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United States v. All Funds on Deposit at Sun Secured Advantage

United States Court of Appeals, Fifth Circuit

July 19, 2017

UNITED STATES OF AMERICA, Plaintiff - Appellee
v.
ALL FUNDS ON DEPOSIT AT SUN SECURED ADVANTAGE, ACCOUNT NUMBER *3748, Held at the Bank of NT Butterfield & Son Limited in Bermuda Defendant ERICK SILVA SANTOS, Claimant - Appellant

         Appeal from the United States District Court for the Southern District of Texas

          Before JOLLY, SMITH, and GRAVES, Circuit Judges.

          E. GRADY JOLLY, CIRCUIT JUDGE.

         Erick Silva Santos ("Silva"), a Mexican citizen, faces a federal indictment charging money laundering and fraud that he allegedly committed in connection with his tenure as mayor of Matamoros, Tamaulipas, Mexico. Silva had various assets in the United States and Mexico. After his federal indictment, he took flight and has not returned to this country. The Government subsequently filed this civil forfeiture proceeding, seeking certain of Silva's assets that were allegedly tied to his conduct as a corrupt Mexican official. The district court ordered fugitive disentitlement under 28 U.S.C. § 2466 and subsequently entered final default judgment and order of forfeiture. Silva challenges these orders. We AFFIRM the fugitive disentitlement order and DISMISS Silva's appeal of the default judgment of forfeiture.

         I.

         A.

         In July 2014, Silva was indicted by a federal grand jury and charged with money laundering conspiracy, aiding and abetting bank fraud, aiding and abetting mail fraud, and wire fraud. Silva has not returned to the United States since his indictment, and an active warrant exists for his arrest.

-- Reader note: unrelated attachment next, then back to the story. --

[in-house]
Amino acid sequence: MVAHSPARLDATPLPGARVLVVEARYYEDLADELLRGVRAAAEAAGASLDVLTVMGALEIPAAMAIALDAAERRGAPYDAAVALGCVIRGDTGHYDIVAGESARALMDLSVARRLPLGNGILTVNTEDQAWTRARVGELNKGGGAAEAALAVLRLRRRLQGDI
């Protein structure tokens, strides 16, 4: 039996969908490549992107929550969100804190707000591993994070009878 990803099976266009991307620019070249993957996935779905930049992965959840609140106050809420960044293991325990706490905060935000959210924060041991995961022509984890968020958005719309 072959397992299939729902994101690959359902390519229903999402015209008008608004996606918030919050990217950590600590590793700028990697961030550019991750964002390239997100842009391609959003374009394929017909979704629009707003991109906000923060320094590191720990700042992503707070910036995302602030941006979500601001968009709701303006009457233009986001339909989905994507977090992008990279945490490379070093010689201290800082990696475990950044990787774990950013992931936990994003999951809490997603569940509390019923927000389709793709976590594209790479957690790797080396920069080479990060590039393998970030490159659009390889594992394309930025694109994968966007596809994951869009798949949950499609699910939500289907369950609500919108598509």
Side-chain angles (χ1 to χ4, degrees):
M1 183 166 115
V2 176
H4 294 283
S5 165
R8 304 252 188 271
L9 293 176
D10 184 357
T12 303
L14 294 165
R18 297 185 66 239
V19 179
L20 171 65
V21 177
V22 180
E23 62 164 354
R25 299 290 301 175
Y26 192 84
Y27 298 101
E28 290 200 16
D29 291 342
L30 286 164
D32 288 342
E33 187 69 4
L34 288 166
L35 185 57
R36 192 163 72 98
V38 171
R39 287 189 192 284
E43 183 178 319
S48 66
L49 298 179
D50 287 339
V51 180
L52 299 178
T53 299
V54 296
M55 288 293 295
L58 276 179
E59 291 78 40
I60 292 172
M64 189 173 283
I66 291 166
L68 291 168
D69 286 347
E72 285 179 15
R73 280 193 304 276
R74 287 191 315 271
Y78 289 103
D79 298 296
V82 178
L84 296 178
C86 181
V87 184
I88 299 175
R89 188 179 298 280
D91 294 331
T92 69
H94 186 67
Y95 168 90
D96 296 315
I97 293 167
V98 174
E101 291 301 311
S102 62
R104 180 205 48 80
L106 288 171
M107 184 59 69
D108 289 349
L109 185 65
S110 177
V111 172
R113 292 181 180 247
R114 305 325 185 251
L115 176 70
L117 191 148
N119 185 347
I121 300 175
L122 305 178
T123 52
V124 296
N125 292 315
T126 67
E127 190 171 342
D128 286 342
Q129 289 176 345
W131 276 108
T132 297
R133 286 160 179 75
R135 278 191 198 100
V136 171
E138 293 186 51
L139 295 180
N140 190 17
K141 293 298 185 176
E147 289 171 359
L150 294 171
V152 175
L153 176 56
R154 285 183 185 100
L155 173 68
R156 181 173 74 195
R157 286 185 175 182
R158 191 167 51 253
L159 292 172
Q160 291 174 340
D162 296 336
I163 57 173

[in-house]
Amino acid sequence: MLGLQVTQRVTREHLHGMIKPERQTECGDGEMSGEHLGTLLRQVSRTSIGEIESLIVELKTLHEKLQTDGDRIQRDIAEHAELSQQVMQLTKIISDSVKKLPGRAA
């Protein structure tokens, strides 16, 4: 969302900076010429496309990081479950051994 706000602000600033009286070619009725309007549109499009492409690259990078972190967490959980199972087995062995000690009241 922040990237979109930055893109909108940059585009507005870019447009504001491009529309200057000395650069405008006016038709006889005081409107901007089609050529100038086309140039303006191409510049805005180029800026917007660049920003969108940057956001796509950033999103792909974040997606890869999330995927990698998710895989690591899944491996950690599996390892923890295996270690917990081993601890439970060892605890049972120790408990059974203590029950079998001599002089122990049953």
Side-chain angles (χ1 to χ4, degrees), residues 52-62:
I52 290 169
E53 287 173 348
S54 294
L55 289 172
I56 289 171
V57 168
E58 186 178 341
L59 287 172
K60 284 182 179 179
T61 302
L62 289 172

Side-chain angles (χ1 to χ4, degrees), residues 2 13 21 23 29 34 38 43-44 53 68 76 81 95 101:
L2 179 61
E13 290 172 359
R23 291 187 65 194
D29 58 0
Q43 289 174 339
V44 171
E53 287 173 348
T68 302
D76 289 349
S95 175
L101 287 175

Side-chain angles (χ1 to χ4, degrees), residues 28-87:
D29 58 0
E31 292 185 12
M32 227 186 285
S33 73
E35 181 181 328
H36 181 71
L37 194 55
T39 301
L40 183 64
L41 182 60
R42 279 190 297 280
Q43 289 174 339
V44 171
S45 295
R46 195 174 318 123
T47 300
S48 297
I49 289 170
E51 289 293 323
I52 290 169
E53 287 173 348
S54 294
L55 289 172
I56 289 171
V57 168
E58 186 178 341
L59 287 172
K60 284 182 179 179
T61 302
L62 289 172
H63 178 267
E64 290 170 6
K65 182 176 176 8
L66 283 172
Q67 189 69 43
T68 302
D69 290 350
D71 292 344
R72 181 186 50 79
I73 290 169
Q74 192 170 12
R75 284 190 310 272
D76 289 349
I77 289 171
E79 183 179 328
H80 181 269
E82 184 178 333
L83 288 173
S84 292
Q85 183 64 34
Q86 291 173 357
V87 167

In November 2014, the Government filed a verified complaint for civil forfeiture in rem, seeking the forfeiture of a residence in Brownsville, Texas, and all funds in Silva's Bermuda bank account ("Bermuda account"). Both were allegedly tied to Silva's misappropriated campaign contributions and kickbacks from municipal contracts.[1] The Government published public notice of the forfeiture proceeding for at least thirty days. Notice was also sent to the known claimants, Silva and Maria Castaneda Torres ("Castaneda"). Castaneda is Silva's alleged common law wife.

         Silva filed claims to the Bermuda account and Brownsville residence. Castaneda only filed a claim to the Brownsville residence. At the expiration of the time for filing, no other claim or answer was filed.

         In July 2015, the district court held an initial pretrial conference for the civil forfeiture action, at which time it learned that Silva was a fugitive in the criminal proceeding. The court then set the civil case for trial.

         Shortly thereafter, Silva and Castaneda moved for judgment on the pleadings pursuant to Federal Rule of Civil Procedure 12(c), contending that the Government's complaint did not sufficiently identify underlying violations of Mexican law that would authorize civil forfeiture under 18 U.S.C. §§ 981(a)(1)(A), (B), or (C). Instead of responding to this motion, the Government, inter alia, moved for a finding of fugitive disentitlement as to Silva and, on that basis, further moved to strike Silva's claim, answer, and request for relief under Rule 12(c).

         The district court granted the Government's motions as to Silva and ordered the Government to respond to Castaneda's request for Rule 12(c) relief. The Government responded to Castaneda's Rule 12(c) motion by specifying Silva's alleged violations of Mexican law. With the court's permission, it also amended its complaint to allege that Silva violated four provisions of the Tamaulipas Penal Code.[2] The court then mooted Castaneda's 12(c) motion to dismiss. The Government subsequently non-suited its claim for the Brownsville home, which left the Bermuda account as the only remaining defendant in the forfeiture action and Silva-now a disentitled fugitive-as the only claimant.

         Silva filed a motion for reconsideration of the order granting fugitive disentitlement. But the district court denied Silva's motion. The Government then moved for entry of default judgment of forfeiture as to all funds in the Bermuda account. Because there were no further claims against that account, the district court ordered the clerk of court to enter default against the account and against any known or unknown potential claimants to it. The ...


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